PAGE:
The two Ponti villas are accessible to the left of Villa Litta Panza, where the gate opens providing access to the public garden they are located in.
The exclusive residence of Villa Ponti, which was built in 1858 in Neo-Renaissance Venetian style by architect Giuseppe Balzaretti, was commissioned by textile industrialist Andrea Ponti. He was born in Gallarate in 1821 and along with his brother, ran the company that later became "Antonio & Andrea Ponti". Two personalities in this family were destined over time to become among the most representative in the economic and social context of Lombard entrepreneurship at the time: Andrea and his son Ettore.
The work site at the villa made slow progress and the initial design was never completely finished perhaps due to the owner who believed the addition of the two side wings was detrimental to the monumental appearance of the central body. In 1961, the villa was transferred from Marquis Gian Felice to the Chamber of Commerce of Varese which, while leaving intact the precious art heritage it was home to, used it, together with adjacent Napoleonic Villa, as a Convention Centre.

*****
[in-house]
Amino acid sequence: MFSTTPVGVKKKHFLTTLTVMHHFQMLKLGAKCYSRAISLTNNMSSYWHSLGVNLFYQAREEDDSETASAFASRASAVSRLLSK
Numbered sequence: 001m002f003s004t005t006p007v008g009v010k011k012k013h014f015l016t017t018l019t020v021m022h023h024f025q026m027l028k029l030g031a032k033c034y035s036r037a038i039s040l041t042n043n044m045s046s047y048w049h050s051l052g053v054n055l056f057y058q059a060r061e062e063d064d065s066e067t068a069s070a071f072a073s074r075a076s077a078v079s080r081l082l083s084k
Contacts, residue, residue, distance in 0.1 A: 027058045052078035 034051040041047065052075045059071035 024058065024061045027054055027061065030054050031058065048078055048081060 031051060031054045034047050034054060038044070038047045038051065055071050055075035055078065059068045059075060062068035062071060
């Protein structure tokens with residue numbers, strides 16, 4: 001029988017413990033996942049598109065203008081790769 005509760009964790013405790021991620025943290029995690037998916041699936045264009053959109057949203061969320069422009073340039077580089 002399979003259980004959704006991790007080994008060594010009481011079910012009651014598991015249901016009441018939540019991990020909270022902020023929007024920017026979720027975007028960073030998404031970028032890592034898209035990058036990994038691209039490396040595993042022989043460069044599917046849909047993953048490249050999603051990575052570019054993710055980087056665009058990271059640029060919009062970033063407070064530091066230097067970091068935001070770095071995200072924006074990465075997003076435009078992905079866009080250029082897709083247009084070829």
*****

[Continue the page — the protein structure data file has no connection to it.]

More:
The search for monumental extolling that is characteristic of the exterior architecture, is also found inside, arranged around the large orthogonal atrium constituting an elegant hallway for the spacious halls embellished with sophisticated stuccoes. The Hall of Honour in the villa is decorated with historic paintings by Giuseppe Bertini, the most famous one being on the east wall and depicting Alessandro Volta explaining how a battery works to Napoleon. There are also two bronze statues in the hall depicting Dante and Michelangelo, by Bertini and Tabacchi respectively.
The villa’s English park, which is embellished with a little lake with spring water, is home to luxuriant vegetation including yews, maple trees, cypresses, cedars and fragrant magnolias.
In the shade of the luxuriant park, behind Villa Andrea Ponti, is the almost homonymous neo-classical villa, which gets its name from Fabio Ponti, however it is called the Napoleonic Villa. It was probably built in the 17th century on a project by Pollack. It was expanded and embellished between 1820-1830 and 8 years later was purchased by the Ponti family as a summer residence. In the following years, the family created a connection between the parks and two villas.
The Napoleonic Villa is well-known because Garibaldi directed the clash against the Austrians from here 26 May 1859.